How Europe’s ‘Last Dictator’ Created a Migrant Crisis

After the Belarusian government crushed a pro-democracy movement last year, the EU responded with sanctions. Now the bloc is accusing the country’s authoritarian leadership of purposefully pushing thousands of migrants across its borders.

05 November 2021, 4:02pm

BIAŁOWIEŻA FOREST, Poland – At a tourist centre car park near the Belarusian border, a police van is hemmed in on all sides by cars parked by activists. A masked officer shouts, “You’re blocking access to the road!” before driving off onto the grass between the trees. One activist puts his body in the police van’s path and is knocked down before getting to his feet and forcing the vehicle to stop.

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Behind the tinted glass of the back seat are three Iraqi men. They’re part of a new flow of migration coming to Poland through neighbouring Belarus. From August to October this year, there have been over 25,000 attempts to cross this border. During the same period last year, there were just 122. 

Activists protest the deportation of asylum seekers. Photo: Screenshot via VICE

The stand-off between police and the activists comes to an end when armed border guards arrive and escort the three Iraqis into another vehicle waiting on the road. Despite the fact they are requesting asylum, the Iraqis are driven off in the direction of the Belarusian border.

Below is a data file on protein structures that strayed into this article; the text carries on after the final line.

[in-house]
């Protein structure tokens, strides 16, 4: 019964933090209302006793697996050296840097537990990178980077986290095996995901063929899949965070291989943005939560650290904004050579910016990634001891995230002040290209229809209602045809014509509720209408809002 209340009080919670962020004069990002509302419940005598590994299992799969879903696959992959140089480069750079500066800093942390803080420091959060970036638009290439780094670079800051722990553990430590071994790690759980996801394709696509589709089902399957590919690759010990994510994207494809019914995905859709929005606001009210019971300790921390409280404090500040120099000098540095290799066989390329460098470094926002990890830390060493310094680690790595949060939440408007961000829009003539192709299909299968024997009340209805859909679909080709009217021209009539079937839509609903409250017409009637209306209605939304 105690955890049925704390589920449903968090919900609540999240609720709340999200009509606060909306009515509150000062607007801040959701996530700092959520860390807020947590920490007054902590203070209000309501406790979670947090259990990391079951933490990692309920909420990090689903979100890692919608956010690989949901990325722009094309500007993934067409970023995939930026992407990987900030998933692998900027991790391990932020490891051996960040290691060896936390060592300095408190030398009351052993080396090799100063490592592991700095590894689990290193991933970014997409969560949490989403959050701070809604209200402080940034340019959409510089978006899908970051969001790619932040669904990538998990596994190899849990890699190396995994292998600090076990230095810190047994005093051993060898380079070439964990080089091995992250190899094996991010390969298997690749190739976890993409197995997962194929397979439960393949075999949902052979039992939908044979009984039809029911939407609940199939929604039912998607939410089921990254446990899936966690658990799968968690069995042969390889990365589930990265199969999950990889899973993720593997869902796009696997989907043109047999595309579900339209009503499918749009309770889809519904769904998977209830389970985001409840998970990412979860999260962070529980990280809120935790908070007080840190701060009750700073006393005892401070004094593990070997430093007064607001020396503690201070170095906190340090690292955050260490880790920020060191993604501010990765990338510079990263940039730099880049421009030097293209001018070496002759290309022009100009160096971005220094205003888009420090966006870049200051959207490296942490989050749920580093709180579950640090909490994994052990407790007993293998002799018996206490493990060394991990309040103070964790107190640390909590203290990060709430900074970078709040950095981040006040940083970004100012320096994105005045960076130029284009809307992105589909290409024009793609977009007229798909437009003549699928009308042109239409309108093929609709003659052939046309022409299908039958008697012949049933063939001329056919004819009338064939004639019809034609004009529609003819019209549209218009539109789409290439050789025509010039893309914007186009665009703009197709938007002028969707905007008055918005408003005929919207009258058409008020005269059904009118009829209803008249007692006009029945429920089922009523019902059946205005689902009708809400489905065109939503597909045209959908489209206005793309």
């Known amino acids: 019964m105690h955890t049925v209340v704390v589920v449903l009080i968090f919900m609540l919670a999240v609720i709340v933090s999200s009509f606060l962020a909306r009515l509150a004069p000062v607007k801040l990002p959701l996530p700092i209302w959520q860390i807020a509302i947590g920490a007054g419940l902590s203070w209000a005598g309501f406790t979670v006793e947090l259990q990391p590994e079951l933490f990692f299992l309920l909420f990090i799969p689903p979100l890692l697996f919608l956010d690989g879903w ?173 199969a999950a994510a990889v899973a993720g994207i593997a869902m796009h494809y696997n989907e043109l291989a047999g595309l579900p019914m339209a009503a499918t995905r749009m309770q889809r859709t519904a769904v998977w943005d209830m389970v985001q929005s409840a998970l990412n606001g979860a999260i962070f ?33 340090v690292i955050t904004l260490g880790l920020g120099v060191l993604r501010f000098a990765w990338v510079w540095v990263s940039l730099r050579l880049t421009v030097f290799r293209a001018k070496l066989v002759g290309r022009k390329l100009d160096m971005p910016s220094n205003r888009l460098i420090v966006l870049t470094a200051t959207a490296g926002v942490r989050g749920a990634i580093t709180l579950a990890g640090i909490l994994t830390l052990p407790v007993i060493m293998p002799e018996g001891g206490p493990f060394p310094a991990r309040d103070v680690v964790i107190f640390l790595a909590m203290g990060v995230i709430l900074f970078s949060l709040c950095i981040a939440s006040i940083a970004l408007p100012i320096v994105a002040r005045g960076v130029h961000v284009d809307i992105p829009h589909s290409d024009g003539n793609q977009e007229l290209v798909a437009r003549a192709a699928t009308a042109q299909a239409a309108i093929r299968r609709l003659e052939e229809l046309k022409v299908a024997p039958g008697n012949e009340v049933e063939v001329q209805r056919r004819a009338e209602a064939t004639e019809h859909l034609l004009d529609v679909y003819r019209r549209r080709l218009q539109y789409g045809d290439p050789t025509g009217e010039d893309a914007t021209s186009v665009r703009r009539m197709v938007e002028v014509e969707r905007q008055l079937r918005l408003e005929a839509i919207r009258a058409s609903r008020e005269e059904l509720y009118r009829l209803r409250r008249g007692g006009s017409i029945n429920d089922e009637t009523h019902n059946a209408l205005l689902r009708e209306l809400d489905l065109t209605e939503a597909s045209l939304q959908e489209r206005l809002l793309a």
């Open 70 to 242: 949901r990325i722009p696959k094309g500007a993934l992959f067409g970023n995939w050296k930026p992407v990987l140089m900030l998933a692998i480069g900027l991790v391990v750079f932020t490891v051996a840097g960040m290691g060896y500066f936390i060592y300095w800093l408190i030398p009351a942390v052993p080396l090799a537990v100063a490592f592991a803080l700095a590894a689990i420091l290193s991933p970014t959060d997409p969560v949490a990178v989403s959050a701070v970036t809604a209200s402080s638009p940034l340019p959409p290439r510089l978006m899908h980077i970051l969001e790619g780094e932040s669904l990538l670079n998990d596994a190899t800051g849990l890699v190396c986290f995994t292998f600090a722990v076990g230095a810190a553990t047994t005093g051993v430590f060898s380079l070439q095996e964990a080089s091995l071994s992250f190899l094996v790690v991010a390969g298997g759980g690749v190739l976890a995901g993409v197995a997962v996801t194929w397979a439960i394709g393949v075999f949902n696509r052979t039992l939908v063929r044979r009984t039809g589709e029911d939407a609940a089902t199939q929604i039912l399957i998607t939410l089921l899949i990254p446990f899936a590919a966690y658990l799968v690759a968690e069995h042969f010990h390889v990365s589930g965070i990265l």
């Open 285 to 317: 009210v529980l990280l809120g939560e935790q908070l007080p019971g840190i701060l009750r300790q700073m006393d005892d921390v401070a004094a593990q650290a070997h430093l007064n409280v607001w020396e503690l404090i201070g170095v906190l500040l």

Rights groups accuse Poland of pushing migrants back over the Belarusian border without first hearing their asylum claims or assessing their need for protection. They say this is a breach of international law. 

Instead of denying these accusations, the Polish government has taken the extraordinary step of legalising the act of forcing migrants back across its borders. The move has been widely criticised by human rights activists. “Everybody knows that this regulation cannot legalise what's illegal in the international, or EU law,” lawyer Marta Górczyńska told VICE News.

Polish troops near the border zone with Belarus. Photo: Daniel Bateman

The Polish government says it is a legitimate response to an “artificial” migration route created by Belarus.  

Since July, Poland and the neighbouring European Union states of Lithuania and Latvia have experienced an influx of people crossing their border with Belarus. 

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The EU claims Belarus' autocratic ruler, Alexander Lukashenko, is inviting migrants to use his country as a way to reach western Europe. They say it's an attempt to increase pressure on the bloc in response to sanctions placed on his government after it crushed a pro-democracy movement last year. 

Poland has declared a 2-mile state-of-emergency zone along its 250-mile border with Belarus, which civilians, NGOs and journalists can’t enter. It has moved thousands of troops East, and close to the border zone, phones receive an automatic text message saying: “The Polish border is sealed. Belarus told you lies, go back to Minsk.”

But going back to Minsk isn’t an option for most migrants. Once in Belarus, they find themselves forced in one direction.